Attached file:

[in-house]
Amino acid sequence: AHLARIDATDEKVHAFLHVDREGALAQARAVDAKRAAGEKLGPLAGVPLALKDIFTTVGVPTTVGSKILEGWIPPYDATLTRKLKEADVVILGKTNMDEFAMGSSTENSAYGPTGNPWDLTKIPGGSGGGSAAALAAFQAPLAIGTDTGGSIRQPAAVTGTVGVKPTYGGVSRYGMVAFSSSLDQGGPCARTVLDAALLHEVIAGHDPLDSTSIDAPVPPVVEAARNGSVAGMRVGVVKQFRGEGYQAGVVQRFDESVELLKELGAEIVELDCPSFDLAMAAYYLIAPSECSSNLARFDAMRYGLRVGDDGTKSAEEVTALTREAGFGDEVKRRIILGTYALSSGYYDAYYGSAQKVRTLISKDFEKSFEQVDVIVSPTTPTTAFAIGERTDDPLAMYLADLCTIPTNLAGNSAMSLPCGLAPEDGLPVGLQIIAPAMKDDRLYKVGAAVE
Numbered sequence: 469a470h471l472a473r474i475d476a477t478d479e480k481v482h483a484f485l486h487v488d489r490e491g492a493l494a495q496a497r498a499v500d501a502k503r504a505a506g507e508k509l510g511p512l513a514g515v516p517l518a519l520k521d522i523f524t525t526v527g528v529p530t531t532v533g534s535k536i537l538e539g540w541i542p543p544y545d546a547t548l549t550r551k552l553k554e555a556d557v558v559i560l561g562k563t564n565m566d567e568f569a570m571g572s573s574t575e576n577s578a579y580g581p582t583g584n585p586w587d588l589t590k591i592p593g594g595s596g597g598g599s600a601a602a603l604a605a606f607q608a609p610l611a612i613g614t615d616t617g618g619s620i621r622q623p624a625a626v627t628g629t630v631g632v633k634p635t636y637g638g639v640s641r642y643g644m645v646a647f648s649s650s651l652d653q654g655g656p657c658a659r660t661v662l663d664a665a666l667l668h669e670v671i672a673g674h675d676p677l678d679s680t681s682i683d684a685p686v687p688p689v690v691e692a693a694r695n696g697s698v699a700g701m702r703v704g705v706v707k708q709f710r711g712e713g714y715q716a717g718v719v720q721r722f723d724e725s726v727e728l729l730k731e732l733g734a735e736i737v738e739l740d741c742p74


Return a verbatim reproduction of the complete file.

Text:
[in-house]
Amino acid sequence: AHLARIDATDEKVHAFLHVDREGALAQARAVDAKRAAGEKLGPLAGVPLALKDIFTTVGVPTTVGSKILEGWIPPYDATLTRKLKEADVVILGKTNMDEFAMGSSTENSAYGPTGNPWDLTKIPGGSGGGSAAALAAFQAPLAIGTDTGGSIRQPAAVTGTVGVKPTYGGVSRYGMVAFSSSLDQGGPCARTVLDAALLHEVIAGHDPLDSTSIDAPVPPVVEAARNGSVAGMRVGVVKQFRGEGYQAGVVQRFDESVELLKELGAEIVELDCPSFDLAMAAYYLIAPSECSSNLARFDAMRYGLRVGDDGTKSAEEVTALTREAGFGDEVKRRIILGTYALSSGYYDAYYGSAQKVRTLISKDFEKSFEQVDVIVSPTTPTTAFAIGERTDDPLAMYLADLCTIPTNLAGNSAMSLPCGLAPEDGLPVGLQIIAPAMKDDRLYKVGAAVE
Numbered sequence: 469a470h471l472a473r474i475d476a477t478d479e480k481v482h483a484f485l486h487v488d489r490e491g492a493l494a495q496a497r498a499v500d501a502k503r504a505a506g507e508k509l510g511p512l513a514g515v516p517l518a519l520k521d522i523f524t525t526v527g528v529p530t531t532v533g534s535k536i537l538e539g540w541i542p543p544y545d546a547t548l549t550r551k552l553k554e555a556d557v558v559i560l561g562k563t564n565m566d567e568f569a570m571g572s573s574t575e576n577s578a579y580g581p582t583g584n585p586w587d588l589t590k591i592p593g594g595s596g597g598g599s600a601a602a603l604a605a606f607q608a609p610l611a612i613g614t615d616t617g618g619s620i621r622q623p624a625a626v627t628g629t630v631g632v633k634p635t636y637g638g639v640s641r642y643g644m645v646a647f648s649s650s651l652d653q654g655g656p657c658a659r660t661v662l663d664a665a666l667l668h669e670v671i672a673g674h675d676p677l678d679s680t681s682i683d684a685p686v687p688p689v690v691e692a693a694r695n696g697s698v699a700g701m702r703v704g705v706v707k708q709f710r711g712e713g714y715q716a717g718v719v720q721r722f723d724e725s726v727e728l729l730k731e732l733g734a735e736i737v738e739l740d741c742p74